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Is immigration raising rents in America?
No, but in a few big cities it might be.
Senator J.D. Vance caused a bit of a stir on Twitter the other day by claiming that immigration is responsible for rising rents in the United States:
First of all, it’s worth noting that the Axios data — which shows rent outstripping income — isn’t necessarily the right data to use here. Using the BLS’s numbers for rent inflation (which are adjusted for the size and quality of housing) divided by median personal income, I find that rent has actually become generally more affordable in the U.S. over the last few decades when immigration was high:
In other words, to the degree that rents have risen since 2010 or so, it’s because people are renting bigger places with more air conditioning and other expensive amenities.
Also, Vance talks about a wave of immigration being responsible for pushing up rents. But in fact, what should matter for housing demand isn’t the number of immigrants — it’s the total number of households. And here there just hasn’t been much change. The number of new households that the U.S. added each year in the 2010s was actually lower than in the 70s, and about the same as in the 80s and 90s:
So the basic picture that Vance paints — a wave of immigration swamping our rental markets — just can’t be true. Immigration has merely compensated for decreased natural population growth in the U.S., which should keep overall national housing demand pretty constant. And indeed, once you account for things like house size, rents don’t seem to have increased at the national level.
Therefore, I wouldn’t lose much sleep over the chart that Vance posted.
That said, there are some legitimate concerns about the effect immigration has on housing markets, especially at the local level.
Why immigration can strain big-city housing markets
Immigration is just like any population increase — it pushes up demand for housing, without automatically increasing the supply. You can make a fancy model for how this works, but ultimately it’s pretty simple — more people means more demand, demand pushes up price unless supply also goes up.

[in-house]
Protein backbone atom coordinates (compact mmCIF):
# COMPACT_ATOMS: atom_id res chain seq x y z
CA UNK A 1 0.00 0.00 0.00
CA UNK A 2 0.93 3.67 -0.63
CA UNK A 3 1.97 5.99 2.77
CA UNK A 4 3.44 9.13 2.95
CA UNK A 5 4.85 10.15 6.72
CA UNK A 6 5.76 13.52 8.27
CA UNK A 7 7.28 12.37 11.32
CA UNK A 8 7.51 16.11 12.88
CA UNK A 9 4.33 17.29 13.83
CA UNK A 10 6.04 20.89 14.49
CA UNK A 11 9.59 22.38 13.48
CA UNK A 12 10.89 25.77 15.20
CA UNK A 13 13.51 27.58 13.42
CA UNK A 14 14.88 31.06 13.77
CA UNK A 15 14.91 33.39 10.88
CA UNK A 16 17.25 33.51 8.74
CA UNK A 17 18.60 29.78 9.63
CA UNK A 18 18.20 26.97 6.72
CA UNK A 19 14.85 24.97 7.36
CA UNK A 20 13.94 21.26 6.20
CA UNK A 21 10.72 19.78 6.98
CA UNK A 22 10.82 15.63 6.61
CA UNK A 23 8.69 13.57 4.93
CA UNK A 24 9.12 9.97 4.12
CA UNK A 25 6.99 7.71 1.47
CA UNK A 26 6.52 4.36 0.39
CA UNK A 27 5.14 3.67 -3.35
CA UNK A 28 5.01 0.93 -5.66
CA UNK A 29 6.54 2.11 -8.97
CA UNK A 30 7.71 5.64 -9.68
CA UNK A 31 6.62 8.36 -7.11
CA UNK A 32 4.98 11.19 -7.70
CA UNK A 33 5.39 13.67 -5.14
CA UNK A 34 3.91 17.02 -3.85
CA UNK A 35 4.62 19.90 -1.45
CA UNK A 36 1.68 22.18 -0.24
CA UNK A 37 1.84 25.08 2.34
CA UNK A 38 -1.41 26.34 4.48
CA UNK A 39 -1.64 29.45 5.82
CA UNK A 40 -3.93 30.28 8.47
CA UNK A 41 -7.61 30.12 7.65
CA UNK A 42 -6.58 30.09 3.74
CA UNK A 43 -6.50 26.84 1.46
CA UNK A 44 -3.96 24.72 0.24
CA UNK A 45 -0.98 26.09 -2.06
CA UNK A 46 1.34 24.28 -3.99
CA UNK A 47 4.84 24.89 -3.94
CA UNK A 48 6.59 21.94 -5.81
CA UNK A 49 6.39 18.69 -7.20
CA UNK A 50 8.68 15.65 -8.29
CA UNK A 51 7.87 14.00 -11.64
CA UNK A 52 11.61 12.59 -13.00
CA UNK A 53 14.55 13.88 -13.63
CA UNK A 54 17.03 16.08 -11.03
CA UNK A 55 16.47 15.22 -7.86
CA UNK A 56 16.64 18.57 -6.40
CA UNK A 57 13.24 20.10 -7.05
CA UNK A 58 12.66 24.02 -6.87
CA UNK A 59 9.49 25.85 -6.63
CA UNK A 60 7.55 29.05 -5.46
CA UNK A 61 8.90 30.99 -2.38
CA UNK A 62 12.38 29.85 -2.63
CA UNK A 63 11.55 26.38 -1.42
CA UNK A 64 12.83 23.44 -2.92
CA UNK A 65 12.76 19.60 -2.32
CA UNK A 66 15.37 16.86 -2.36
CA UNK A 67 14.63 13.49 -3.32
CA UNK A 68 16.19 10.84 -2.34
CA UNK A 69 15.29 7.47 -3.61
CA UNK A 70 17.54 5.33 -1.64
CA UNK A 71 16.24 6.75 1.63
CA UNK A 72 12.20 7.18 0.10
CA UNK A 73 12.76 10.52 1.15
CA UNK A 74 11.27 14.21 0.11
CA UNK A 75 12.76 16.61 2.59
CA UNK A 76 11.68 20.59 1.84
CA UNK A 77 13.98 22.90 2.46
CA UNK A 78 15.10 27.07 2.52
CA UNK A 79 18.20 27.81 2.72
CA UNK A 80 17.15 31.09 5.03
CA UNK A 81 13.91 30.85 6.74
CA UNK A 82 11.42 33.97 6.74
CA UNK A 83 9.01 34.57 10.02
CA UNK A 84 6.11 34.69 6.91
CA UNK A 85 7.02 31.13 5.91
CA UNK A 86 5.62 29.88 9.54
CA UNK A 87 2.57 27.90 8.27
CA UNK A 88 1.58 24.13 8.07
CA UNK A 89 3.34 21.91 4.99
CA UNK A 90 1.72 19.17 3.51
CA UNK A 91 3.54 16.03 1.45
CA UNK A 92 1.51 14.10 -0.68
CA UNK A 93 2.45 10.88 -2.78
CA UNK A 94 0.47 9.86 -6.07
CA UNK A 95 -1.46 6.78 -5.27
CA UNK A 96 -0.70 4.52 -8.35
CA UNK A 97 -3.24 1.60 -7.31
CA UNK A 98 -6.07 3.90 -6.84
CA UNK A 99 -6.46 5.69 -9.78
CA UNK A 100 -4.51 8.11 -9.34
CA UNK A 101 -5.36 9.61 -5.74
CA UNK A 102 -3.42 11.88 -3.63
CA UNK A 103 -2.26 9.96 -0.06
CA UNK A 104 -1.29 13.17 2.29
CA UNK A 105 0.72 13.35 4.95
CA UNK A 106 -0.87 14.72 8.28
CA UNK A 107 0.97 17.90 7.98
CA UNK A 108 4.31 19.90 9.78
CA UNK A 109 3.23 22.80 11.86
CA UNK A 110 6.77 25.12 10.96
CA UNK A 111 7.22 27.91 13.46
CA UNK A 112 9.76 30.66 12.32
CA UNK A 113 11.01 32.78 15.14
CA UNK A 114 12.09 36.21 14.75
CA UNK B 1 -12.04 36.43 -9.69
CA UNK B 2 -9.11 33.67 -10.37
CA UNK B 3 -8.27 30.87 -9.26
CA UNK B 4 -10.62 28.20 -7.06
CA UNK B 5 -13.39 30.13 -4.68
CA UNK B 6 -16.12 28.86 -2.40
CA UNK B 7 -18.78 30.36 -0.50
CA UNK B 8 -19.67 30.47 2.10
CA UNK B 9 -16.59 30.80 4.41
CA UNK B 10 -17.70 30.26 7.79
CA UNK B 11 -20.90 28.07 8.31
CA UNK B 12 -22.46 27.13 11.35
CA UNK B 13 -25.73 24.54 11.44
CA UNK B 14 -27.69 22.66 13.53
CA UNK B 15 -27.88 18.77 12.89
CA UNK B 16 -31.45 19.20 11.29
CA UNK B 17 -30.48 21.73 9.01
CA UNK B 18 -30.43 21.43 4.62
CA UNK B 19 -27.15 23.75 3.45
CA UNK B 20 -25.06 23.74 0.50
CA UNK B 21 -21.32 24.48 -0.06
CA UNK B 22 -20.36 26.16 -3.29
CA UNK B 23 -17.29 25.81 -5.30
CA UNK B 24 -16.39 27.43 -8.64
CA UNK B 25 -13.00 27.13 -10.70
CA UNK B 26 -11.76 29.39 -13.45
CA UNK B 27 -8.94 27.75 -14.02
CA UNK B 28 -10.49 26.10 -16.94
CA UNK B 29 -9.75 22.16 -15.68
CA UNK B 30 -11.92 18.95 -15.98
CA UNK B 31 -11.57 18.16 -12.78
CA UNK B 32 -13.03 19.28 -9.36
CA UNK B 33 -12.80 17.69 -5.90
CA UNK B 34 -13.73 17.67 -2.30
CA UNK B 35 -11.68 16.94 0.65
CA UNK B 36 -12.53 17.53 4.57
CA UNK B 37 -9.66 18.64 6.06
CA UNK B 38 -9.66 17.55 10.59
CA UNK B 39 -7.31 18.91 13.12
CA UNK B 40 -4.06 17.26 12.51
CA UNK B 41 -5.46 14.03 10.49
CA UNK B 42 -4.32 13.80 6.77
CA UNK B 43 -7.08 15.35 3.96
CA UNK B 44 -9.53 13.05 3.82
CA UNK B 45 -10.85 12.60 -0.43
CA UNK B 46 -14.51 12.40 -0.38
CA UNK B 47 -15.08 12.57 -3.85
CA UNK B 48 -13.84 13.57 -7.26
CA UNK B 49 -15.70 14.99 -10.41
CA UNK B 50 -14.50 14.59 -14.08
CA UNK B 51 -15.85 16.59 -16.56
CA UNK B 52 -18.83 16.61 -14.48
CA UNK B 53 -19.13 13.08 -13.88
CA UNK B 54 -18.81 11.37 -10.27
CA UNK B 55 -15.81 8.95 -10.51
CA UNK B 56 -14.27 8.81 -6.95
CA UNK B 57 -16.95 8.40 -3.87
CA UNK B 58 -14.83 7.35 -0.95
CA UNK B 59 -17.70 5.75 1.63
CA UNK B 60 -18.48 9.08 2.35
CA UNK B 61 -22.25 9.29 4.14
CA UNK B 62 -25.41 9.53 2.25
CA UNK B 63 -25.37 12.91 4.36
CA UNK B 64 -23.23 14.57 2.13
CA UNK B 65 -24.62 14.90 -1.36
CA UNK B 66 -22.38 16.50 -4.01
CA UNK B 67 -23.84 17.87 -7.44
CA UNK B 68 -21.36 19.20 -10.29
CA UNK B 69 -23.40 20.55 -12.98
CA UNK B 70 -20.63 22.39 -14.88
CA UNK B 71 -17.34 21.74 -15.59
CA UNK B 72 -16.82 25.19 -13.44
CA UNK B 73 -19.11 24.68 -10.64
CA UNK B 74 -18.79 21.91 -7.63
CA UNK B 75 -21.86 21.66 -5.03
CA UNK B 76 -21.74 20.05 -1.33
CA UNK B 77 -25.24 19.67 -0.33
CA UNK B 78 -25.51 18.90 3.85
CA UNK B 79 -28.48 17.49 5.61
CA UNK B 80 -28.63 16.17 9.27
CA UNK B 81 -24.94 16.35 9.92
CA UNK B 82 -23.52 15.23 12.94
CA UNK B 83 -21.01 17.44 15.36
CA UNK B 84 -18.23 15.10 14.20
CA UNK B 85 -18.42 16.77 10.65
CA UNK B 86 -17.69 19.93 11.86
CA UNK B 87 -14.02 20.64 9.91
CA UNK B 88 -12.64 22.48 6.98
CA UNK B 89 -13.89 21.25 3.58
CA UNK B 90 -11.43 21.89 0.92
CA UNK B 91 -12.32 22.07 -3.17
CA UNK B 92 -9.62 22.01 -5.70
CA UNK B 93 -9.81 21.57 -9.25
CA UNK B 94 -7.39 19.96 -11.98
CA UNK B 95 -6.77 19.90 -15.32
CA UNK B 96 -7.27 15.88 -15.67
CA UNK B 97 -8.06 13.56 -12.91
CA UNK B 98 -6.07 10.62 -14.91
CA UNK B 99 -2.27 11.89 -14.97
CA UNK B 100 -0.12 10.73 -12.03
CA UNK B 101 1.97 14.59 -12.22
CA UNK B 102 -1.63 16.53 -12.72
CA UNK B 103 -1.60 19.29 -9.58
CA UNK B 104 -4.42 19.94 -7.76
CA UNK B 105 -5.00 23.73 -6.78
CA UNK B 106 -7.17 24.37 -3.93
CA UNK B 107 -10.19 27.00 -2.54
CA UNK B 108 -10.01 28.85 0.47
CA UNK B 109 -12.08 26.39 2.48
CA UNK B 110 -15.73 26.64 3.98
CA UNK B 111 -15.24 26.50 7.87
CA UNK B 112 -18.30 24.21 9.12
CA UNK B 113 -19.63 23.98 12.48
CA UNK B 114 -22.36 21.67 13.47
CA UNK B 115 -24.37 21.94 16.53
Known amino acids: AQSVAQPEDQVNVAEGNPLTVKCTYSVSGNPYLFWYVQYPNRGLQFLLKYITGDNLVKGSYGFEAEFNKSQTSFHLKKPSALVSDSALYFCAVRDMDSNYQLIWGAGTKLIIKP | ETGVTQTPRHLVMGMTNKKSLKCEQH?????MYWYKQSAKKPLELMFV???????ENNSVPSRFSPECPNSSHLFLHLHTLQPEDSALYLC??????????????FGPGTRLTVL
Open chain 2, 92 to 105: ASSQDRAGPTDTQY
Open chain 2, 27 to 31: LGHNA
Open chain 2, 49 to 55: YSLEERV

(Note: this means immigration will affect housing markets differently from how they affect labor markets. Recall that immigrants raise both labor supply and labor demand, which is why studies don’t show much effect of immigration on the wages or employment of the native-born, or even show a positive effect in some cases. But with housing, more people, be they immigrants or locally born babies, don’t automatically come pre-packaged with new housing.)
So if immigrants flood into a city, one or more of these three things will generally have to happen:
The city builds new housing to accommodate the newcomers.
Existing residents move out of the city.
Rents and house prices go up.
A lot of people responded to Vance’s tweets by saying “Just build more housing!” But it’s easy to see why that’s an unsatisfying response. First of all, the U.S. political economy already struggles to build housing. Second, immigration tends to be concentrated in a few big cities:
We probably can’t expect these few big cities, all on their own, to build enough housing to accommodate the entire national inflow of immigration. Thus, we probably should worry somewhat about the dynamic where immigration raises local rents in big cities, this causes locals to move out, and the people who get pushed out get mad and start to vote for anti-immigration politicians.
How much should we be worried about this? Well, probably not a lot! Remember that studies show that immigration generally leaves native-born real wages unchanged. Real wages account for the cost of housing. So even taking the increase in housing costs into account, immigration isn’t actually making native-born people poorer…on average.